Throughout the pandemic we know that uncertainty and anxiety increased in workplaces all over the country and mirrored the difficult circumstances our athletes were facing. Their performance prompts the question – how did our sporting teams perform so remarkably well despite the uncertainties they were facing? What lessons can we as business leaders take from our Olympians in how to deliver world-class performance under the most trying circumstances?
No-one knows more about pressure than this year’s Olympics athletes.
Between postponed dates and a global atmosphere of uncertainty, Australia’s Olympic and Paralympic teams faced more challenges the months leading up to the 2021 Tokyo Olympics than most of us could imagine. And yet, they showed up – and achieved one of the most successful Games in our country’s history. So, how did they do it? How did they perform to the standard they did, while also taking care of their own mental health? And what can leaders in the business community learn from those who coach our sporting heroes to glory?
To find out, CMHAA board member Melinda Upton sat down with Ian Robson, CEO of Rowing Australia; Josephine Sukkar AM, Chairman of the Australian Sports Commission, President of Australian Women’s Rugby and Principal of Buildcorp; and Steven Worrall, Managing Director of Microsoft Australia and New Zealand and CMHAA Chair.
Watch The Catch: Balancing Mental Health, Wellbeing and Performance below. Or, read on for some highlights from this fascinating discussion.
Show up with authenticity
Having served as CEO of some of Australia’s most beloved and high-performing sports teams, including Hawthorn and Essendon AFL clubs, before joining Rowing Australia, Ian Robson’s career has taught him a thing or two about leadership.
“As Australians, we want our leaders to be as much among us as above us,” Robson told his fellow panellists. “We need someone to blow the whistle, but when it’s time to go, we know we’re all going together.”
Robson believes that, given Australia’s ‘in it together’ culture, the best way leaders can encourage their people to talk about and prioritise their mental health is by doing it themselves. “I’ve learned that it’s okay to say to my leadership team colleagues, ‘I’m struggling at the moment – I’m feeling really stretched and I need some help’,” he said. “We want our athletes to trust and believe that there are really significant resources and networks around to support them, and that to put your hand up is actually a sign of strength, not a sign of weakness.”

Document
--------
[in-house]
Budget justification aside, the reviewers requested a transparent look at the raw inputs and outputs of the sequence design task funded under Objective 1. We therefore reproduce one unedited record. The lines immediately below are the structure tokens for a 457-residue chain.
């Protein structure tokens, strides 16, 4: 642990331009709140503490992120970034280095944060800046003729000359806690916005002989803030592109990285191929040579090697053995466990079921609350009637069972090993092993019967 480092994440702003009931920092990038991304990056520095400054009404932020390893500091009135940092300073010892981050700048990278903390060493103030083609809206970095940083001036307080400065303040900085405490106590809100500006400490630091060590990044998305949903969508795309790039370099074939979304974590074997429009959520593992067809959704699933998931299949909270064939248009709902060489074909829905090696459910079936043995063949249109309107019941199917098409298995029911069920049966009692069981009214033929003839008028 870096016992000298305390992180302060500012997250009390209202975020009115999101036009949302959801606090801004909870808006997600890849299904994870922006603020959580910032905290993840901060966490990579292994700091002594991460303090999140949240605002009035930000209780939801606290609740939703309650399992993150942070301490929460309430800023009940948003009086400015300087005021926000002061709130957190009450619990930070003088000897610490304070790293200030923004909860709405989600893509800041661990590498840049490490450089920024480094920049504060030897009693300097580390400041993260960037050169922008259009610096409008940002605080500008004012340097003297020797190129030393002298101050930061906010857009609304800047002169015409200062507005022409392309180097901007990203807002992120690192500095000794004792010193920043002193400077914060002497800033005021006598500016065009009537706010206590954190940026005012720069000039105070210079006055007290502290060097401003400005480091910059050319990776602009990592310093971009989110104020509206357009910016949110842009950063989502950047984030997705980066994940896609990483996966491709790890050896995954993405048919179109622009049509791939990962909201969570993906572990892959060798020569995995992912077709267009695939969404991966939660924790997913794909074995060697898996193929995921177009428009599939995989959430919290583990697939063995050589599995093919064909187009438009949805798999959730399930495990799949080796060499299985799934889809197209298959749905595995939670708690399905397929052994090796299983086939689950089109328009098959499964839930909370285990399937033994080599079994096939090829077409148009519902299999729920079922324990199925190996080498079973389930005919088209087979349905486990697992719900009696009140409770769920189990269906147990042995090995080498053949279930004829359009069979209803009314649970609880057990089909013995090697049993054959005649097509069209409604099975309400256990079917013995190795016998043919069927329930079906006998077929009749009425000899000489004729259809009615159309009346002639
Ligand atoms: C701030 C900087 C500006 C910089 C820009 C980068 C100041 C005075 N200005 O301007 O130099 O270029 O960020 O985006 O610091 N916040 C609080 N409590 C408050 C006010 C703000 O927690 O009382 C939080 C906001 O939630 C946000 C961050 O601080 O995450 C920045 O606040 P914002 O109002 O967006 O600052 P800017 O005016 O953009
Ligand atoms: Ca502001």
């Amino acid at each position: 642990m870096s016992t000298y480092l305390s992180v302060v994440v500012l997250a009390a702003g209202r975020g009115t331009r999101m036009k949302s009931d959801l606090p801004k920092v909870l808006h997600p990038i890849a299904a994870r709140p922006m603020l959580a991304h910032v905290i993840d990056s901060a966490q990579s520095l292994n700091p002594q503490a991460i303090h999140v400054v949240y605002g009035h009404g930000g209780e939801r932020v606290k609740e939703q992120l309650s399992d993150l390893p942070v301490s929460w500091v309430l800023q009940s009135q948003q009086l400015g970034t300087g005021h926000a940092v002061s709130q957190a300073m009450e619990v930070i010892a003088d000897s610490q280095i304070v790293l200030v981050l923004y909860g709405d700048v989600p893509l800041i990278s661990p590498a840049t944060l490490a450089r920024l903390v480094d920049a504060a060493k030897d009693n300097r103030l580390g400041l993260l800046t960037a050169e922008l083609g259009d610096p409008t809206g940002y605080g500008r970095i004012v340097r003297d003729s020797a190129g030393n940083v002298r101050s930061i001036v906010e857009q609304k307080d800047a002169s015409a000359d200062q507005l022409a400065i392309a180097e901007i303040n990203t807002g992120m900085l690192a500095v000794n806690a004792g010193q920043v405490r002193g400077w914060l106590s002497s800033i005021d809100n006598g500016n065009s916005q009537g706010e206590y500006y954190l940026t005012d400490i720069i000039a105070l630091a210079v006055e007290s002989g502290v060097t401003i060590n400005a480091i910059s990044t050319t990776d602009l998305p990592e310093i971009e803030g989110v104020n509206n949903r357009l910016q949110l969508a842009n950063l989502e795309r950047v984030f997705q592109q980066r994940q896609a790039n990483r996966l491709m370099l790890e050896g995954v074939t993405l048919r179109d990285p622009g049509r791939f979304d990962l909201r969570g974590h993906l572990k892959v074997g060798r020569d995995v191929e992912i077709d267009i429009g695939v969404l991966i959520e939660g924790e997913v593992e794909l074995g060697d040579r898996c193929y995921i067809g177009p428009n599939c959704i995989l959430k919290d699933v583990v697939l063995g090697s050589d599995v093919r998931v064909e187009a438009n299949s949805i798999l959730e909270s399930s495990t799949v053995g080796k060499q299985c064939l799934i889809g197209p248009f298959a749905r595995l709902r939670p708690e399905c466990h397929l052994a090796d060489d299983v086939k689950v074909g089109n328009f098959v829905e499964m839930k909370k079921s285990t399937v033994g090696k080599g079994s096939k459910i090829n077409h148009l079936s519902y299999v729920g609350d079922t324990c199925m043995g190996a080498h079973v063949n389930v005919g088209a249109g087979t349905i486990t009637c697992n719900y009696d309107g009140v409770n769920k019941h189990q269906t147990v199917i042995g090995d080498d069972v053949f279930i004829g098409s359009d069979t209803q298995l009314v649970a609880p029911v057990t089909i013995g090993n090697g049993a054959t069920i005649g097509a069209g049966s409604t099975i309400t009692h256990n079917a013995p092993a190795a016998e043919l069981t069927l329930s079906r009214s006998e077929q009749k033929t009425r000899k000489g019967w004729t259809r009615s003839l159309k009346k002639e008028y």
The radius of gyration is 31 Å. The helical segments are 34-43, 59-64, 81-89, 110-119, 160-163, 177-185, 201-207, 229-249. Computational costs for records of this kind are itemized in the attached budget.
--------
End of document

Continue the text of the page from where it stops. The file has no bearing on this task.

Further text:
Whether the teams in question are at Buildcorp or in the sporting arena, Josephine Sukkar couldn’t agree more.
“It doesn’t necessarily need to be, ‘I am vulnerable and here I am’,” she said. “It can just be showing up exactly the same predictable way in scary times.”
Sukkar shared a story with the panel that, for her, encapsulates the power of this approach. “When we first went into lockdown, Tony and I jumped onto our iPads to make a video message,” she said. “And it was a clumsy message, as you can imagine with 62-year-old Tony and 57-year-old Josephine – it wasn’t smooth. But apparently, it was authentic because it was so bad. [The Buildcorp team] know that whenever it’s smooth, there’s usually someone from the marketing team or someone external managing that.
Normalise the difficult conversations
Australia’s elite athletes are a small group of people, with lives that are very different to the majority of ours. Yet they carry our hopes and dreams on their shoulders, representing our country and the ambition of its people on the world stage. We watch them closely because what they do matters.
As Sukkar said to the panel, “sport is just a microcosm of the whole community”. And if this is the case, we at the CMHAA sense change in the air.
From Simone Biles to Naomi Osaka, more athletes are opening up about their mental health and prioritising self-care than ever before. In doing so, they are normalising conversations about wellbeing that are long overdue – and teaching us some important lessons that we can bring to our own workplaces too.
All images courtesy of Rowing Australia